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SUMMER 2002   Vol. 30, No. 5

SIGNIFICANT JEWISH BOOKS
By Bonny V. Fetterman
Please see the Study Guides for Significant Jewish Books

Yiddish: A Nation of WordsYiddish: A Nation of Words
Written by Miriam Weinstein

Yiddish is not just a folk variant of German, says Miriam Weinstein in her spirited history of the language. "Mentsh is a wonderful example," she writes. "In German it means simply 'man,' while for Yiddish speakers it conjures up a whole set of moral and ethical expectations."

The story of Yiddish parallels and records the history of the Jewish people from its earliest traces up to the modern era. In Eastern Europe, Yiddish provided a home without a homeland; in America, it served as a vehicle for adaptation; in the Soviet Union, Yiddish was at various times exploited and hounded out of existence. She describes the dedicated work of individuals such as Max Weinreich, founder of the YIVO Institute in Vilna; Emanuel Ringelblum, who chronicled the last days of the Warsaw ghetto; and Abraham Cahan, editor of the Daily Forward in New York.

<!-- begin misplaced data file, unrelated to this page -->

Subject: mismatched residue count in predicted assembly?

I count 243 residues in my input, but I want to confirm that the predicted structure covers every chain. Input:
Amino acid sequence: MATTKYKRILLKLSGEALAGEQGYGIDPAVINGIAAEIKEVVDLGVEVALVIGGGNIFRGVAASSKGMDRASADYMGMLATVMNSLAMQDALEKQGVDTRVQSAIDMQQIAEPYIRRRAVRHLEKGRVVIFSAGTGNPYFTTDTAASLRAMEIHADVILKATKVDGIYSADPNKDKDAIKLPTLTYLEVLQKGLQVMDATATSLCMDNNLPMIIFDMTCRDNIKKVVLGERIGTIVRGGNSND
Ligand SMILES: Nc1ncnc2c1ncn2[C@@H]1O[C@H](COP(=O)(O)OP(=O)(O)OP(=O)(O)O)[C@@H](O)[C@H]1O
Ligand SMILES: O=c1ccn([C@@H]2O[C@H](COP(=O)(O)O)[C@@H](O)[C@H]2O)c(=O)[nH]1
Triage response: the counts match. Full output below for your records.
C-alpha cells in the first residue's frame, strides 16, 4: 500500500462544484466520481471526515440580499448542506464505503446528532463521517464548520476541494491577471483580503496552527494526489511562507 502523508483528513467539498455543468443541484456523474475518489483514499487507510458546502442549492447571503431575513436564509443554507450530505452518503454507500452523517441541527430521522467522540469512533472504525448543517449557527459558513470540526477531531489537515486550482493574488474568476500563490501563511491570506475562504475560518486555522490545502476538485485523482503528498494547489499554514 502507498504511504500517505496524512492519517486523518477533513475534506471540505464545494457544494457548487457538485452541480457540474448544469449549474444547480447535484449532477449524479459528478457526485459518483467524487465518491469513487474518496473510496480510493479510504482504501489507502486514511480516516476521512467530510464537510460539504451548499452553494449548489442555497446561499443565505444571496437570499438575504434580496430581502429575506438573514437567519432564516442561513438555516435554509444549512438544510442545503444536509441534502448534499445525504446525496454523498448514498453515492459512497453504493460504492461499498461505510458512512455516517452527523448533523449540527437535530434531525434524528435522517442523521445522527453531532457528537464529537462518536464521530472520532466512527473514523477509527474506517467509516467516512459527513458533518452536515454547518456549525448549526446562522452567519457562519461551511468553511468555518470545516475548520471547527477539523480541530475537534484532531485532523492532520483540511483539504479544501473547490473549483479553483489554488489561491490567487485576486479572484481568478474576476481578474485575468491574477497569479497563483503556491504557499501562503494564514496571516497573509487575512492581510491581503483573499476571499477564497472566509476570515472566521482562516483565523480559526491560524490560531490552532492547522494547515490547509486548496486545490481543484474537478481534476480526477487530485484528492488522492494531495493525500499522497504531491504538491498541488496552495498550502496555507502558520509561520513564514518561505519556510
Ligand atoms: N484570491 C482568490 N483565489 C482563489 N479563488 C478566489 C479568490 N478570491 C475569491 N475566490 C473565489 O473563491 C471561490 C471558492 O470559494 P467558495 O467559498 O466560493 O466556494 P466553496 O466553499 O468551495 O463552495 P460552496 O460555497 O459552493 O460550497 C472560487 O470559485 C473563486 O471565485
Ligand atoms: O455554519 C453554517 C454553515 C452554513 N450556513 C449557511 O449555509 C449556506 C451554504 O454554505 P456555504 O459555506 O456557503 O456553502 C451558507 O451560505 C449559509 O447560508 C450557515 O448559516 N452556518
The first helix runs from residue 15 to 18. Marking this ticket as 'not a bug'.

Although she does not expect Yiddish to be revived as a spoken language, Weinstein argues for a fresh look at the language that Isaac Bashevis Singer calls "the wise and humble language of us all--the idiom of frightened and hopeful humanity."


The Genesis of JusticeThe Genesis of Justice
Written by Alan M. Dershowitz

Alan Dershowitz, the author of Chutzpah, has never shied from controversial cases and issues. The high-profile criminal defense lawyer also teaches a course at Harvard Law School on the biblical sources of justice. Surprisingly, his course is based on Genesis--not Exodus, Leviticus, or the other biblical books that deal explicitly with legal codes. "In order to appreciate the absolute need for a comprehensive legal system of both substantive and procedural rules, it is essential first to see how human beings behave in a world without law," he writes. "Genesis shows us that world."

The stories in Genesis, according to Dershowitz, represent more than a primitive society rife with people who steal, lie, cheat, and murder. In the absence of a legal system, even leading characters have to resort to deception. Approaching the text as a legal scholar, Dershowitz discusses ten stories from Genesis that reveal the Bible's preoccupation with justice--and set the stage for the laws and legal safeguards that follow.


First Place Award Winner for Excellence in Jewish Journalism
and a Benefit of Membership in a UAHC Congregation

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